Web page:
Alvaro Morata is expected to start alongside Tevez up front and given Llorente’s poor form of late, he might be the one to cause Atletico most problems. He’s a giant of a player at 6’3 but he’s also incredibly fast given his height and causes defences all kinds of problems.

His range of passing is exceptional and he can hold up play so well before bringing his teammates into the attack. I’ve heard people say that he can be selfish in possession and he often shoots when he should pass but I’ve yet to see that side of his play. Watching his performance against Parma this season is a perfect example of what he can offer Juve in attack – He scored twice and his second goal in particular was a beautifully taken volley where he got himself into the perfect position to finish.

Q – Any future stars we should look out for?

Kingsley Coman, should he feature, is definitely a player to look out for. Highly regarded at PSG, Juve fought off a lot of competition to sign him and he’s had a few chances to show us just why. He was handed a debut on the first day of the season which was incredible when you consider he’s still just 18 and only featured a hand full of times for PSG last season.

Thankfully he didn’t disappoint, partnering Tevez up front he pulled the Chievo defence all over the place and showed great control and vision for one so young; so much so that he got a standing ovation from the Juve faithful. If he does play, you can expect him to play just behind the forwards or possibly up front alongside Llorente, Morata or Tevez.

Q – It’s no secret that despite dominating domestically, Juve have struggled in Europe as of late. Is there anything you would put this down to?

I think a lot of Juventini would argue that it’s down to us playing a formation that no longer ‘works’ in Europe. The 3-5-2 was certainly a ‘safe’ setup in the league that allowed us to dominate possession and impose ourselves because our strength in midfield while the solid back line gave us stability. Up front is where we’ve really lacked potency, especially given the lack of real attacking options at our disposal which has dated back to before Conte took over.

We’ve made do with run of the mill strikers who never really combined well along with us never having found adequate replacements for the strike duo of Trezeguet and Del Piero. Signing Llorente and particularly Carlos Tevez has certainly changed a lot of that. They started to play their best football together after we’d been eliminated from the Champions League, so the hope was that a consistent strike duo that had a better understanding of one another would make the different for us in Europe.

Q – Should you make it through, how far do you think you can go this year? Could Juve win the Champions League?

It’s so difficult to judge Juve in Europe because you never know which side is going to show up! We can be our own worst enemy at times, last season being a perfect example where we should have beaten Galatasaray at home and we certainly outplayed Real Madrid for large portions of the match and deserved more than a draw.

This season we look to have turned a corner since the change in formation and there seems to be more creativity in the final third of the pitch, something that was sorely lacking in last season’s Champions League campaign. I think realistically, we should qualify from the group but then it will all depend on the draw and how we approach the games that follow.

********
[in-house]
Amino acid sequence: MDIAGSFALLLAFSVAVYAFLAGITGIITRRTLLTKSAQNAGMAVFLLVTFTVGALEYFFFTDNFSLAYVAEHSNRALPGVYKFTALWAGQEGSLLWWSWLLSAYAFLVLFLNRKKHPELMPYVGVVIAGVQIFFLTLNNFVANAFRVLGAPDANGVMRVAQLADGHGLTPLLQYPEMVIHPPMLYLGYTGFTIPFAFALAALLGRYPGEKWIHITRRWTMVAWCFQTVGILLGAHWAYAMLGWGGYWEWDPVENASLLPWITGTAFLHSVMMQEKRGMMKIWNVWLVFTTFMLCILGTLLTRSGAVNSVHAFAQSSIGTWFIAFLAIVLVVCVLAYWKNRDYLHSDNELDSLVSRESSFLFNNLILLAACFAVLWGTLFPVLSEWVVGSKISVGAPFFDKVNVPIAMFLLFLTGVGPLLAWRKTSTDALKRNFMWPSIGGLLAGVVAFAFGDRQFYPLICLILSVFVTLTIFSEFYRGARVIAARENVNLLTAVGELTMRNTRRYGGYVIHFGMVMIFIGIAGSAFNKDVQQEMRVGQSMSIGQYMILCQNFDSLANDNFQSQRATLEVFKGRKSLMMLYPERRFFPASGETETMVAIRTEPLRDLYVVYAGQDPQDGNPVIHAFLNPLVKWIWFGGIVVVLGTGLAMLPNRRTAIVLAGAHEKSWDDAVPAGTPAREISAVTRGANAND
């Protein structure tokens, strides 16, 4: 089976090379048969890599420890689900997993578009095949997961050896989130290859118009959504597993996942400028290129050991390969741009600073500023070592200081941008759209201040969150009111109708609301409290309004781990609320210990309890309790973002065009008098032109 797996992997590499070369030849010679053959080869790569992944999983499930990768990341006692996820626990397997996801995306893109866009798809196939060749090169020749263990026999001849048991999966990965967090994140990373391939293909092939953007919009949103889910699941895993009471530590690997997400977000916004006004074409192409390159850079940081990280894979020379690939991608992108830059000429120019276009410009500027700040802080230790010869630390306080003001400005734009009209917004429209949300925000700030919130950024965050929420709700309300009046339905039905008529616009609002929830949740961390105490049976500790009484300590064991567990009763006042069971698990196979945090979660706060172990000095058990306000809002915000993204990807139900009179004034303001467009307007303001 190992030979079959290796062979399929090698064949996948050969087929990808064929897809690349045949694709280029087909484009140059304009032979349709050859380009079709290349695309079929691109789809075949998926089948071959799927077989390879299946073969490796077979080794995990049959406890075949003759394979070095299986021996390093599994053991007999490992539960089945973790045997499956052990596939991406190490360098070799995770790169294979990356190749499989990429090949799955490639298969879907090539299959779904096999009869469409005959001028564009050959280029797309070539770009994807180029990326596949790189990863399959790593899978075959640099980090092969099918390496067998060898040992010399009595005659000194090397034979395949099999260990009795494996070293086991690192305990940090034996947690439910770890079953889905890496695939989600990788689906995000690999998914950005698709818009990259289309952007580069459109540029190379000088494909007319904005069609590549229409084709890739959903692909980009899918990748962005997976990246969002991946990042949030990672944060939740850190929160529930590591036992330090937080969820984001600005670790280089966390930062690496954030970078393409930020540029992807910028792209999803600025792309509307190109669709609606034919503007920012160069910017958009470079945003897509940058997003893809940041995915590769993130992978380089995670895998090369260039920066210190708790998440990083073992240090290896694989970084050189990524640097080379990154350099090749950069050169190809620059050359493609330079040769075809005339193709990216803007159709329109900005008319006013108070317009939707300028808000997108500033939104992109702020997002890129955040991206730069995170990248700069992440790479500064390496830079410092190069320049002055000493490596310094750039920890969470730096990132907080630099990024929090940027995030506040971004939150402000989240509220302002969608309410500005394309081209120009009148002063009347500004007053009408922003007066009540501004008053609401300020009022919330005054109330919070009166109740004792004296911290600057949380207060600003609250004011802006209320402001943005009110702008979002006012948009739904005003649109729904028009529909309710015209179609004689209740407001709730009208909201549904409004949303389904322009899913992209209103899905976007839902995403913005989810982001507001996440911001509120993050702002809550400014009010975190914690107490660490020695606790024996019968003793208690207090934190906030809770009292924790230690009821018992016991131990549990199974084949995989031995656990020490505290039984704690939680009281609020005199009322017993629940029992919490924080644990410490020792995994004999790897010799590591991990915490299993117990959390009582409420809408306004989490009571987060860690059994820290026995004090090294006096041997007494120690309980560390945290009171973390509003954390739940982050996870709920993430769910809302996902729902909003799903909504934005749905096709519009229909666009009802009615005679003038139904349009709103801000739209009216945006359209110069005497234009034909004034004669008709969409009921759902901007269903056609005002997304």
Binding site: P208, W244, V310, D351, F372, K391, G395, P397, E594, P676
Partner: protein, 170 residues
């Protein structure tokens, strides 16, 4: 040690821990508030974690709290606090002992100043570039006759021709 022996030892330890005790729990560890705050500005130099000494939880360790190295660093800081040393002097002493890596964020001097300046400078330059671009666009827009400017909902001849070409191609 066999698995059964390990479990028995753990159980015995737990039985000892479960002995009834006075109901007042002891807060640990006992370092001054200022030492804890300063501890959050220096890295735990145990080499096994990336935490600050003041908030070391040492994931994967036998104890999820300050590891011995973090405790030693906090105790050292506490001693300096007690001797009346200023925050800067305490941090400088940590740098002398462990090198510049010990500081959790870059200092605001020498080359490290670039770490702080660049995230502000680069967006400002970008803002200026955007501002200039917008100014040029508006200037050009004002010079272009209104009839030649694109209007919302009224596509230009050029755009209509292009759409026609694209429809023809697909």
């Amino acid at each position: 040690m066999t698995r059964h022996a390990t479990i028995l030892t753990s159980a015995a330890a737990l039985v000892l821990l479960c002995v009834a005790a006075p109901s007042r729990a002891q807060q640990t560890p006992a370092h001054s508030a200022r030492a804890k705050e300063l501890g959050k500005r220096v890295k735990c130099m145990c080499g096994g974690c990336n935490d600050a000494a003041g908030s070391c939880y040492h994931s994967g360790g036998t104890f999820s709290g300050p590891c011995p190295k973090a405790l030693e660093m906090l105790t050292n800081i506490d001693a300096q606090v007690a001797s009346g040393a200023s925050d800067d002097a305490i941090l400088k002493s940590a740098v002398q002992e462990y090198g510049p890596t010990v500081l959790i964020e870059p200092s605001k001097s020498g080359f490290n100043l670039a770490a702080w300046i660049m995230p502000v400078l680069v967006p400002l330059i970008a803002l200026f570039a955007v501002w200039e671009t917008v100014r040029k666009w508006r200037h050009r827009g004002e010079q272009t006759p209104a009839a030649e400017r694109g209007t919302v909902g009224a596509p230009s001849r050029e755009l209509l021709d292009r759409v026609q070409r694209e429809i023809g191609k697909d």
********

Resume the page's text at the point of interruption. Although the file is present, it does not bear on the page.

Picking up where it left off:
Juve seem to lack confidence in Europe and sometimes we only start to play our football after we concede and have our backs up against the wall. If we can keep our concentration and get rid of our inferiority complex, I think we can make it to the quarter finals at least which would be an improvement.

Q – Atlético have an old adversary of Juve’s in Alessio Cerci­, although we haven’t seen much of him so far in red and white. Could you shed any light on him for us?

Cerci can be a frustrating player at the best of times, but a very talented one as well. He can play as a second striker but has predominantly featured as a winger at all the clubs he’s played for, most notably his last two standout seasons with Torino. He seems to play his best football when he’s on the right wing and given the chance to cut in and shoot on his favoured left; He reminds me little of Arjen Robben in that sense.

He’s a great penalty taker and has a lot of pace but he always struck me a player that needs the fans on his side. He had a falling out with the Fiorentina tifosi which made his last season there unbearable until he finally patched things up. If he does start to feature regularly he’ll need the supporters behind him to show the very best of what he can offer.

Q – If you could sign one player from Atleti who would it be?

Antoine Griezmann looks like one for the future and his talent is there for all to see, but i’d have to go with Mario Mandzukic; A brilliant striker who Juventus should have gone all out to sign when we had the chance. He reminds me a great deal of a David Trezeguet, a player that we never managed to replace in the years since his departure.

Mandzukic has surprising pace, superb vision and great control but most of all, he can finish chances just like Trezeguet used to; a touch to bring the ball under control and another to put it past the keeper. He’s utterly clinical and so composed in the penalty area while holding up the play so well and having such precision in his first touch. He looks to be another in the long line of star strikers to have played for Atletico.

Q – Finally, care to give us a prediction for the match?

It’s a really tough one to call but I’ve seen Juve grind out results when they really need them. I think I’d go for a slender 2-1 to Juve.


You can see for yourself how we get on against Juventus, with the game tomorrow night at 20:45 CEST.

  • Urban

    Nice interview, I see that the cooperation within the FC is bearing its first fruits. No journalist will ever have as thorough knowledge as a fan.

    And I think we could settle on the proposed result.

  • Very nice interview, guys. Enjoyed reading it. Thanks for this kind of things.